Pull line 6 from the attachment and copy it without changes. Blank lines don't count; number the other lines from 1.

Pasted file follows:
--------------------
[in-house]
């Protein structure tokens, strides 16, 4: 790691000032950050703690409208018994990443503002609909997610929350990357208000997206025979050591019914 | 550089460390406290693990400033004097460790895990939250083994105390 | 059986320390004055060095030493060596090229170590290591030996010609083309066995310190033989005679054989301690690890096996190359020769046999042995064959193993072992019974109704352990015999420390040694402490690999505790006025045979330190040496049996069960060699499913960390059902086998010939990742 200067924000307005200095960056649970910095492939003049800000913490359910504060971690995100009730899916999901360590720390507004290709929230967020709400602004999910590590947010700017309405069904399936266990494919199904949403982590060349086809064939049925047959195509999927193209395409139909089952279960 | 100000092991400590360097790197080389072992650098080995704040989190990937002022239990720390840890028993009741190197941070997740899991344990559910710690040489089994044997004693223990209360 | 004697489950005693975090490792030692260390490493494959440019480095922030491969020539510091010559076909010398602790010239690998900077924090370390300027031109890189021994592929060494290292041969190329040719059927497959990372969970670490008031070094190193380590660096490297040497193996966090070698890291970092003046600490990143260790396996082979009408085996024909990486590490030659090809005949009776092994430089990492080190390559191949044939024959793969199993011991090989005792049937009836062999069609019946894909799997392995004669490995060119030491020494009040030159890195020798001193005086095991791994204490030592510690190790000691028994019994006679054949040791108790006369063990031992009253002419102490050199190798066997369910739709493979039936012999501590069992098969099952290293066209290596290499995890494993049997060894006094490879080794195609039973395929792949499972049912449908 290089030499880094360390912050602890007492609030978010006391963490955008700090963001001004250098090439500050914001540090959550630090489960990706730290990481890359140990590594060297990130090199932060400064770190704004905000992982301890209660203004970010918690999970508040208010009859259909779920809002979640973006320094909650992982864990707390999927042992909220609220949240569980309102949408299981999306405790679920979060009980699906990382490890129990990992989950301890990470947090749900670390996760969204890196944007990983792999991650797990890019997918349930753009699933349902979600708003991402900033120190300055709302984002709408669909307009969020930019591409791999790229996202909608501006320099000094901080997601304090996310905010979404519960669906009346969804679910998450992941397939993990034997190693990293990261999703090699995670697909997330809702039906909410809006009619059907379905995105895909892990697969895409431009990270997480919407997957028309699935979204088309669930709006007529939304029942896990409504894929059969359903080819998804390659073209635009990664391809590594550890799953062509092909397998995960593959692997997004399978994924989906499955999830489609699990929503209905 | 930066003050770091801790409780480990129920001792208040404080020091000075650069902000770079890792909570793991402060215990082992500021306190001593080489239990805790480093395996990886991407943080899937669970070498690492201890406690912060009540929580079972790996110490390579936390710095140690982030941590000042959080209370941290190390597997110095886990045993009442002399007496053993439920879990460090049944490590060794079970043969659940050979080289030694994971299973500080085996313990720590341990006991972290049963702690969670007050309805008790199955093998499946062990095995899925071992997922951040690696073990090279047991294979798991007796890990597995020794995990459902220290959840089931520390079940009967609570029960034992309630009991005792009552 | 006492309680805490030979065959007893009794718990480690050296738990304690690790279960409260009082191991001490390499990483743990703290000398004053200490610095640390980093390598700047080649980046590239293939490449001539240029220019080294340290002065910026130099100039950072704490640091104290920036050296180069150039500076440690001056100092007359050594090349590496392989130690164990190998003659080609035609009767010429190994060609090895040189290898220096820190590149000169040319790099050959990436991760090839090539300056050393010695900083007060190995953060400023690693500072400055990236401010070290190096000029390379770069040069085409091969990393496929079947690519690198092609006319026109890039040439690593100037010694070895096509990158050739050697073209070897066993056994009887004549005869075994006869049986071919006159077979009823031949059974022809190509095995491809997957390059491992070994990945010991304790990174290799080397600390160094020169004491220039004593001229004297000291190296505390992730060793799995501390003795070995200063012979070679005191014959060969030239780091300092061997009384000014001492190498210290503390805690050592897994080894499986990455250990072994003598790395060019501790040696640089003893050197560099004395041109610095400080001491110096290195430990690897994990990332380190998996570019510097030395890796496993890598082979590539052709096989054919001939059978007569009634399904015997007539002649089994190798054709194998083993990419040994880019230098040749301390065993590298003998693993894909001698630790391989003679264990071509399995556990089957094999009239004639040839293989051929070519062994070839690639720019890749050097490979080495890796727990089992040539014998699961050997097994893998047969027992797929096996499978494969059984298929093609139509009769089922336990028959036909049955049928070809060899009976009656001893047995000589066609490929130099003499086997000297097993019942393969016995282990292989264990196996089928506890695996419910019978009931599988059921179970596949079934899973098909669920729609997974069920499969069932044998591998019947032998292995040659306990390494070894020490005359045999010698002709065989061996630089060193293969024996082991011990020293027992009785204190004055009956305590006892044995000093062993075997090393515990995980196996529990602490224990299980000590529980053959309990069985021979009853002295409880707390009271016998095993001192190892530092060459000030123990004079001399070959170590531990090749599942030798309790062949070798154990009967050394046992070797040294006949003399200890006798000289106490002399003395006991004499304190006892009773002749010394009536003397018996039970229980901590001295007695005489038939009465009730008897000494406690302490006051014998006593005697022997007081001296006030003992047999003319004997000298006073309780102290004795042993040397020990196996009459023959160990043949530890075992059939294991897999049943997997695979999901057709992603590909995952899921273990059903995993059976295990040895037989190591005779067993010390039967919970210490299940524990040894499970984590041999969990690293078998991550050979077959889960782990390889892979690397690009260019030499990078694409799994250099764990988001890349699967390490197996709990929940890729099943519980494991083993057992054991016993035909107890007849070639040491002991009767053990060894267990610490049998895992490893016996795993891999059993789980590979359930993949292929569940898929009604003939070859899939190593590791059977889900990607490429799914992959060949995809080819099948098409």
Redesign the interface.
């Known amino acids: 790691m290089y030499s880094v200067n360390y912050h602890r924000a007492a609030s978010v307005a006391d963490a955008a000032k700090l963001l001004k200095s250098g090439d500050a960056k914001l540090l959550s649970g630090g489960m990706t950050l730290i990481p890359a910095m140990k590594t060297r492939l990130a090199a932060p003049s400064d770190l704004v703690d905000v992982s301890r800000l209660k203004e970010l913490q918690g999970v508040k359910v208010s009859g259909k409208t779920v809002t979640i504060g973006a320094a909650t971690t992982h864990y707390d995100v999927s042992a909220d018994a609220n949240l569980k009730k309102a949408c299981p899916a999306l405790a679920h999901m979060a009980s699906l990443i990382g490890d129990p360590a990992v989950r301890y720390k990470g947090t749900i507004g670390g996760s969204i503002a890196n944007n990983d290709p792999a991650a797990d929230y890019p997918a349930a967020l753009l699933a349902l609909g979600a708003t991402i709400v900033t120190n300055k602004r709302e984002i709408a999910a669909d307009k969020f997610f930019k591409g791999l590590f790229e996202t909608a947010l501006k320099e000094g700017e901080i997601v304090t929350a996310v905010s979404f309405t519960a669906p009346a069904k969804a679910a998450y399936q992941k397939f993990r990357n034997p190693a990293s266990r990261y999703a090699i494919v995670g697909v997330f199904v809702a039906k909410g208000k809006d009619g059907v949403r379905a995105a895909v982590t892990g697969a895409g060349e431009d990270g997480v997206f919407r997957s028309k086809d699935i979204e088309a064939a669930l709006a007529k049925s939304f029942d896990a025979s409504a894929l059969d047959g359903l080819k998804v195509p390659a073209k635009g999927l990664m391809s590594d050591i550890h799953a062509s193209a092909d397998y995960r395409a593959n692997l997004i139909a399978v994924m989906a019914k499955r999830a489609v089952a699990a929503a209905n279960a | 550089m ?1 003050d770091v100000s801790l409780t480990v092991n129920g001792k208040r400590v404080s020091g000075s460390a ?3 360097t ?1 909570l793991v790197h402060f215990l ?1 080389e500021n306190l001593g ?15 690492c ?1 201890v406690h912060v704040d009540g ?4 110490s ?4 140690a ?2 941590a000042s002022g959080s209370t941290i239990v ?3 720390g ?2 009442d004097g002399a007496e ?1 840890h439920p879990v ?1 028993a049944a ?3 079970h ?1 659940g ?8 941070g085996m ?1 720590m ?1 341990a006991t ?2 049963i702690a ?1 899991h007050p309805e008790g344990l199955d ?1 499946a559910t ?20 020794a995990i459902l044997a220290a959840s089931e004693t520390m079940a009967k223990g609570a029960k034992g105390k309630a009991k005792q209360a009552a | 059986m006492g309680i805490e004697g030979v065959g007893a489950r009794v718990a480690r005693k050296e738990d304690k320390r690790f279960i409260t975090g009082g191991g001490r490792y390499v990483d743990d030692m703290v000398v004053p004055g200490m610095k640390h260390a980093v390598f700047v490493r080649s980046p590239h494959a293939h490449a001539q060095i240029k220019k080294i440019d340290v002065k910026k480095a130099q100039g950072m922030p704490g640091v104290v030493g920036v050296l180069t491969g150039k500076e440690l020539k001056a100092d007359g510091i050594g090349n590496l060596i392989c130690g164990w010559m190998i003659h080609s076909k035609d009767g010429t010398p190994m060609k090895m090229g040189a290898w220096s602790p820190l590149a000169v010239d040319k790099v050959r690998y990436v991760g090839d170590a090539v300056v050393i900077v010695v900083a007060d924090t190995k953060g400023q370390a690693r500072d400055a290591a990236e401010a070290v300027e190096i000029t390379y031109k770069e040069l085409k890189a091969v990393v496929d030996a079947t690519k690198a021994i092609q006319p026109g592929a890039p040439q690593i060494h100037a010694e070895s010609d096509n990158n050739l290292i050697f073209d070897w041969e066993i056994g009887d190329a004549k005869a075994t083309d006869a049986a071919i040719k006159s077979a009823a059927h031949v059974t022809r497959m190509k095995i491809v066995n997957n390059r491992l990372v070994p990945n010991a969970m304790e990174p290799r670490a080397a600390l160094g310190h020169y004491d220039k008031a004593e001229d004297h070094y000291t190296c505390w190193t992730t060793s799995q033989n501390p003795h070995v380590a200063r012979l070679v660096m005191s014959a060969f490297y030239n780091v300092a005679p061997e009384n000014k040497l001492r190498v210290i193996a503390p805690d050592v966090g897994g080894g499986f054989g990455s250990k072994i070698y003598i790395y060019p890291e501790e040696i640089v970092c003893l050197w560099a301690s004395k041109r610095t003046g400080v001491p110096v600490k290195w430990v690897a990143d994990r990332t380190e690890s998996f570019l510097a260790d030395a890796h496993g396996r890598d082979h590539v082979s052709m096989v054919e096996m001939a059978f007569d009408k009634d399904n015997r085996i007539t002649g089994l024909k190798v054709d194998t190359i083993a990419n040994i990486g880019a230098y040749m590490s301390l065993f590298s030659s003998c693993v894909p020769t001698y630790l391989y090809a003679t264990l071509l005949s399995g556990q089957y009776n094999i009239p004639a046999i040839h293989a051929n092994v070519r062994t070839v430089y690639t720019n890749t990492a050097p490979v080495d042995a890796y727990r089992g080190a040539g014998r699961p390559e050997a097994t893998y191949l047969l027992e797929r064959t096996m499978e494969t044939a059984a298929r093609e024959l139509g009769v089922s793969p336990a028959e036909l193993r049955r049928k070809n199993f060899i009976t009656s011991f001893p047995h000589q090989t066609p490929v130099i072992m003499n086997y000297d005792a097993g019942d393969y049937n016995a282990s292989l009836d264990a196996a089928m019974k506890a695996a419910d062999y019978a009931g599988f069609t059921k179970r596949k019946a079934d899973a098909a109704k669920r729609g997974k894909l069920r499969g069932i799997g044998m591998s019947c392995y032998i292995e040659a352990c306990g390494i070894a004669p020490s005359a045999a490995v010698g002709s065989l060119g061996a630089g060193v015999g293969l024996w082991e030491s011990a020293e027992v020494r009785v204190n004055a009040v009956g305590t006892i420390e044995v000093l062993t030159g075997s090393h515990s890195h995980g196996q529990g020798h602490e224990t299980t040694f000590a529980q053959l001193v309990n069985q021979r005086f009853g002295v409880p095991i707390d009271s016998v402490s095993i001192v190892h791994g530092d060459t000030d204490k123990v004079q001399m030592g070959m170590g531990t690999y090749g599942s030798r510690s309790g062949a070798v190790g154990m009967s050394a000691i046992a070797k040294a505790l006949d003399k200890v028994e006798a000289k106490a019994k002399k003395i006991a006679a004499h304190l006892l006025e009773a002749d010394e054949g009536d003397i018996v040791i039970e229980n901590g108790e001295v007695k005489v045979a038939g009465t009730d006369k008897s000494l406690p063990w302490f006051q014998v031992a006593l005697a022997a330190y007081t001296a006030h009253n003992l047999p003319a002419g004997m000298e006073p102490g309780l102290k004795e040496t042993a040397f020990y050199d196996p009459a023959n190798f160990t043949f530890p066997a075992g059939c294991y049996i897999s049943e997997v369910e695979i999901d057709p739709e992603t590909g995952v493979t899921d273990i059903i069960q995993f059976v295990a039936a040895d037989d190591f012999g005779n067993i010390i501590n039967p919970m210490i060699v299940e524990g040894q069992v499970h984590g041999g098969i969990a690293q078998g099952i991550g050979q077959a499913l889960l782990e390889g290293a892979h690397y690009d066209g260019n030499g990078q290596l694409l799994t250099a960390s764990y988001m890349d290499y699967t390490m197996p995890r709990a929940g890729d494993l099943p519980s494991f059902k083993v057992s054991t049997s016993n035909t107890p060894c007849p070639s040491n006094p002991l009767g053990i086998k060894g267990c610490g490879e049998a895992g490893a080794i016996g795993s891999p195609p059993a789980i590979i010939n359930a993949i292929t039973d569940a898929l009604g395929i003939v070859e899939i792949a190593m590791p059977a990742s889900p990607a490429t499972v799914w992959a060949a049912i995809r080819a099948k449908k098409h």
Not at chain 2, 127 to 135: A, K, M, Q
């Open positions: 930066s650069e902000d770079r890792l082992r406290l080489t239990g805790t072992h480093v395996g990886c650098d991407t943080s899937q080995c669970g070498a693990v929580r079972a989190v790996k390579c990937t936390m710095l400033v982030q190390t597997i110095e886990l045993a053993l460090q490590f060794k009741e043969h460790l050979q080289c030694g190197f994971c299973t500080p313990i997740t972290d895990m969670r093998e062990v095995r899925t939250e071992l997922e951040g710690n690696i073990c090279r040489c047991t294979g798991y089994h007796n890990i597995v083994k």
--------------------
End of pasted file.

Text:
């Open positions: 930066s650069e902000d770079r890792l082992r406290l080489t239990g805790t072992h480093v395996g990886c650098d991407t943080s899937q080995c669970g070498a693990v929580r079972a989190v790996k390579c990937t936390m710095l400033v982030q190390t597997i110095e886990l045993a053993l460090q490590f060794k009741e043969h460790l050979q080289c030694g190197f994971c299973t500080p313990i997740t972290d895990m969670r093998e062990v095995r899925t939250e071992l997922e951040g710690n690696i073990c090279r040489c047991t294979g798991y089994h007796n890990i597995v083994k």